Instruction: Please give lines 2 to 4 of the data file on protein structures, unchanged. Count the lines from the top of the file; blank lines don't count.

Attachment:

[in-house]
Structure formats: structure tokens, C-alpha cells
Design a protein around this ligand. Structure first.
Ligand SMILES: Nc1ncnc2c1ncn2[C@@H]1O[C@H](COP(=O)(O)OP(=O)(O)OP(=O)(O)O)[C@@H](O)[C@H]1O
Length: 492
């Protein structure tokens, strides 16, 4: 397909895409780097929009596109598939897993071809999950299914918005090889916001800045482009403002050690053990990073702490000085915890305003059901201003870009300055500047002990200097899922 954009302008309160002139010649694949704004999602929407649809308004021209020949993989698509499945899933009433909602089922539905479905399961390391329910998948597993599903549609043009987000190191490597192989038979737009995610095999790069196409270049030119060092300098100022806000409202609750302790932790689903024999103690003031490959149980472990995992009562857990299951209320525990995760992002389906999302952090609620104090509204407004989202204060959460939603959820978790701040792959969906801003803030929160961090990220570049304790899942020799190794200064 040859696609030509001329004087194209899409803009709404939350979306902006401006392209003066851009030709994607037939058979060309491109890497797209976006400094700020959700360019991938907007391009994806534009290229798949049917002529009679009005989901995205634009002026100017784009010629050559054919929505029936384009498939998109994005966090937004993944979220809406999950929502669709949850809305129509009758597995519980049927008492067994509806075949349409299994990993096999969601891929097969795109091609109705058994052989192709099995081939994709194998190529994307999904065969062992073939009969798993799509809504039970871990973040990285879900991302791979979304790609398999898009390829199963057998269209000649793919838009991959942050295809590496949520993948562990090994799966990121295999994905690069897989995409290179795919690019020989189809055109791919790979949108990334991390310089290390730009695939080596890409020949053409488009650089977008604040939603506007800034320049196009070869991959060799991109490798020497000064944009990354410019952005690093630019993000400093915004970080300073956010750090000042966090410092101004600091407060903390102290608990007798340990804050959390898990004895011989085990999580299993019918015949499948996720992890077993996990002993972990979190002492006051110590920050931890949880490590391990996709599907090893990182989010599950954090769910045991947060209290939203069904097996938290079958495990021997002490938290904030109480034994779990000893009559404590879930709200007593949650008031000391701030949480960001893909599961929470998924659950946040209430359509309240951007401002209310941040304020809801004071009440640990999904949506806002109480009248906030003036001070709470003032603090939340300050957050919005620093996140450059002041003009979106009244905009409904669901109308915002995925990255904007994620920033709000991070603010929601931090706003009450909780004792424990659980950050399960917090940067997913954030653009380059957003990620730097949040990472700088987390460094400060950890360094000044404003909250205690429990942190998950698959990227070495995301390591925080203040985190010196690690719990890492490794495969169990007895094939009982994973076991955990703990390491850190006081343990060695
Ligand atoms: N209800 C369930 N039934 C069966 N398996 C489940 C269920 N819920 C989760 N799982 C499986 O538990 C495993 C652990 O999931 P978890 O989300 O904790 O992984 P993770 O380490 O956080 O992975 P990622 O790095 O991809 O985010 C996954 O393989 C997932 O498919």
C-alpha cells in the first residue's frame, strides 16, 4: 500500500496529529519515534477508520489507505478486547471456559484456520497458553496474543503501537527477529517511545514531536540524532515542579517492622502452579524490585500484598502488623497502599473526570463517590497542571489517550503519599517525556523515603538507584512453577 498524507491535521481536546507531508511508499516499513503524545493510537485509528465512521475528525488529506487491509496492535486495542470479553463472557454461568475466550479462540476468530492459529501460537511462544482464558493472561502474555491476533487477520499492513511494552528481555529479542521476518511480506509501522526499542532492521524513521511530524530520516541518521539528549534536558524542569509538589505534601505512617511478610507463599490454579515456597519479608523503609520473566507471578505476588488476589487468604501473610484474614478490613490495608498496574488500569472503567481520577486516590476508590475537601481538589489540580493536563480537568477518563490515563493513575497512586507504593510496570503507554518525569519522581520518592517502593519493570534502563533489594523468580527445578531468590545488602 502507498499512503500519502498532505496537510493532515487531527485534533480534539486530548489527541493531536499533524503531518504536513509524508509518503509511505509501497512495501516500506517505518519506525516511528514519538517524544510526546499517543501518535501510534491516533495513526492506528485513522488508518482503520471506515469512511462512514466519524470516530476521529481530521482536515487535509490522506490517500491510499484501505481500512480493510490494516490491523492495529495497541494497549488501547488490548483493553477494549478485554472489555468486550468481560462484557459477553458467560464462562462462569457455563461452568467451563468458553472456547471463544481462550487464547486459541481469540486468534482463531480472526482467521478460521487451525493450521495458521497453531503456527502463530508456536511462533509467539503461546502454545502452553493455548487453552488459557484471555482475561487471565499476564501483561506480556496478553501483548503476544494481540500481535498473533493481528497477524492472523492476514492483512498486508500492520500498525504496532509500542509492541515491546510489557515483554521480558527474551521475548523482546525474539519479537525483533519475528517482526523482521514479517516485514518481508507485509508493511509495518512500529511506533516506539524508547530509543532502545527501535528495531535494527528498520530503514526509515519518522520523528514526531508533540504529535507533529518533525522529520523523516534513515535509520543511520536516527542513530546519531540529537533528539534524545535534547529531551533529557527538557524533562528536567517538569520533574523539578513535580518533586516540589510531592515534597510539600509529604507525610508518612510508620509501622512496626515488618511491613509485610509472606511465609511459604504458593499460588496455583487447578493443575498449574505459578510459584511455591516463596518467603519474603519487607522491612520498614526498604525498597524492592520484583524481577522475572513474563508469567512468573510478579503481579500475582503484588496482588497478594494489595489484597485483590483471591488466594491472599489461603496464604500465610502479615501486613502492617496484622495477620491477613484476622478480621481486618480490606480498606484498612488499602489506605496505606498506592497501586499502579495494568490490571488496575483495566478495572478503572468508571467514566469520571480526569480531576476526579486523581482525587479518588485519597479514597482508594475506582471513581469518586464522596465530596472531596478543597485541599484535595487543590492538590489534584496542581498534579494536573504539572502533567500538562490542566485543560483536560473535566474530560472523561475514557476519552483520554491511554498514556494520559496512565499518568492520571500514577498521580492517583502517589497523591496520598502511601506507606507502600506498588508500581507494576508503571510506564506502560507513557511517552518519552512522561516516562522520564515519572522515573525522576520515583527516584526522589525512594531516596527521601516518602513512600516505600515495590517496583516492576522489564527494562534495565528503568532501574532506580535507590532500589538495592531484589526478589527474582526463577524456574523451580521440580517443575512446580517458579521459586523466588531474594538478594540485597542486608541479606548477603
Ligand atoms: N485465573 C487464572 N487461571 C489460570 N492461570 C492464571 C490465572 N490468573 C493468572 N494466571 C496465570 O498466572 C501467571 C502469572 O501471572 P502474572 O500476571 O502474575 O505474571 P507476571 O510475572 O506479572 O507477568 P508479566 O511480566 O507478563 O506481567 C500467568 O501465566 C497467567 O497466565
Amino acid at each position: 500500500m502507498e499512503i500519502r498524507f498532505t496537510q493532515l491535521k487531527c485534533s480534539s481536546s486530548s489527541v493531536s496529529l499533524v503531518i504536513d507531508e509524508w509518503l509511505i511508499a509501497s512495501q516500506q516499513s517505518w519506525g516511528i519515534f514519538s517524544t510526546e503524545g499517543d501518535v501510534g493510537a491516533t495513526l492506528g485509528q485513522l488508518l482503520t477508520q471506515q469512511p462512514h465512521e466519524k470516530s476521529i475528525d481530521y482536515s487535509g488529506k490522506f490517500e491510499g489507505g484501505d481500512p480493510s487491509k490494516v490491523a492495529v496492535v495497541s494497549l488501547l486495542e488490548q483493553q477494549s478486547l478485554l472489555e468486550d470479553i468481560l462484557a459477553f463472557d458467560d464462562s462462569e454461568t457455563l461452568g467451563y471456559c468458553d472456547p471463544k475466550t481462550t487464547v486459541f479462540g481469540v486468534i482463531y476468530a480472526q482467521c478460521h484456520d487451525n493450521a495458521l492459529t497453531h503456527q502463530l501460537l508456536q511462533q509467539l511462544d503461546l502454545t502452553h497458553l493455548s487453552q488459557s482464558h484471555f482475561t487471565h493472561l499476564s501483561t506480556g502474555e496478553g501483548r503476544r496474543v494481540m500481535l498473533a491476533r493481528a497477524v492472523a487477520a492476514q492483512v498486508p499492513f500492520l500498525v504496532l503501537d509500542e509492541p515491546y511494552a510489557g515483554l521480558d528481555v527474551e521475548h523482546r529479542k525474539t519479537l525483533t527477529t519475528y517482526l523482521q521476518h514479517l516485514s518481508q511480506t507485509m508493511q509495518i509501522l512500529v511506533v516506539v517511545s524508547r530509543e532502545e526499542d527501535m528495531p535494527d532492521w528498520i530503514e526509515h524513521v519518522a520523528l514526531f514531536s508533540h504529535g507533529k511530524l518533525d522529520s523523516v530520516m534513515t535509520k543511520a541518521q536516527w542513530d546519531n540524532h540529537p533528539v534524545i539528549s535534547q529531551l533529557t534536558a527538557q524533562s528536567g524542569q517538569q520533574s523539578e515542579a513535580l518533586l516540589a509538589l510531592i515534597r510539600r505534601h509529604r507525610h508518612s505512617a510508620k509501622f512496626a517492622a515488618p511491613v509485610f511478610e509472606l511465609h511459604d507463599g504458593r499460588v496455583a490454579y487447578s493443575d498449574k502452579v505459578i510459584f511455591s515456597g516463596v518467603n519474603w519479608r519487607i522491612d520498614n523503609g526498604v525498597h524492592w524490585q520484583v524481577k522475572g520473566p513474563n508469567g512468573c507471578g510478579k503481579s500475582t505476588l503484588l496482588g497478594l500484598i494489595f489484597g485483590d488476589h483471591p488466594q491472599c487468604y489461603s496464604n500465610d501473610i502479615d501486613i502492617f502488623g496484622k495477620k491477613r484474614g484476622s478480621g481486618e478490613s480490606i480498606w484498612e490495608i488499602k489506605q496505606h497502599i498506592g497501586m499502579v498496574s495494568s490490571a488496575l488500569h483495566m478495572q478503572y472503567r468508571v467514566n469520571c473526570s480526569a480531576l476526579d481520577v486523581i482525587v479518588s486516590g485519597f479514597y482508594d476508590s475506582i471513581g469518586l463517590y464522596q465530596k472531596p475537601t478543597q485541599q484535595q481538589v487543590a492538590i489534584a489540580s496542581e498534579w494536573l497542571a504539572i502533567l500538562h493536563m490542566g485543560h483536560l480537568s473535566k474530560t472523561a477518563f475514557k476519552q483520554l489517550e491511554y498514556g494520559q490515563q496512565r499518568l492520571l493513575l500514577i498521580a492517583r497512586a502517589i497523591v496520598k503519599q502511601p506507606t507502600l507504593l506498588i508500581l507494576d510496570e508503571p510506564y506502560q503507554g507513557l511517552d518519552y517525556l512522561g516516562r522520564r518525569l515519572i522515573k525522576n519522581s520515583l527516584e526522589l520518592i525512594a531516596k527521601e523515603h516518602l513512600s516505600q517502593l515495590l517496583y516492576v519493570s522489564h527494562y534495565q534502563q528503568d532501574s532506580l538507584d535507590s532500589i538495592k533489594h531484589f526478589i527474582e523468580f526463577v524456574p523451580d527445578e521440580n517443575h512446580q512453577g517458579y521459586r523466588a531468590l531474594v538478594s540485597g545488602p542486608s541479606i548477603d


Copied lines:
Structure formats: structure tokens, C-alpha cells
Design a protein around this ligand. Structure first.
Ligand SMILES: Nc1ncnc2c1ncn2[C@@H]1O[C@H](COP(=O)(O)OP(=O)(O)OP(=O)(O)O)[C@@H](O)[C@H]1O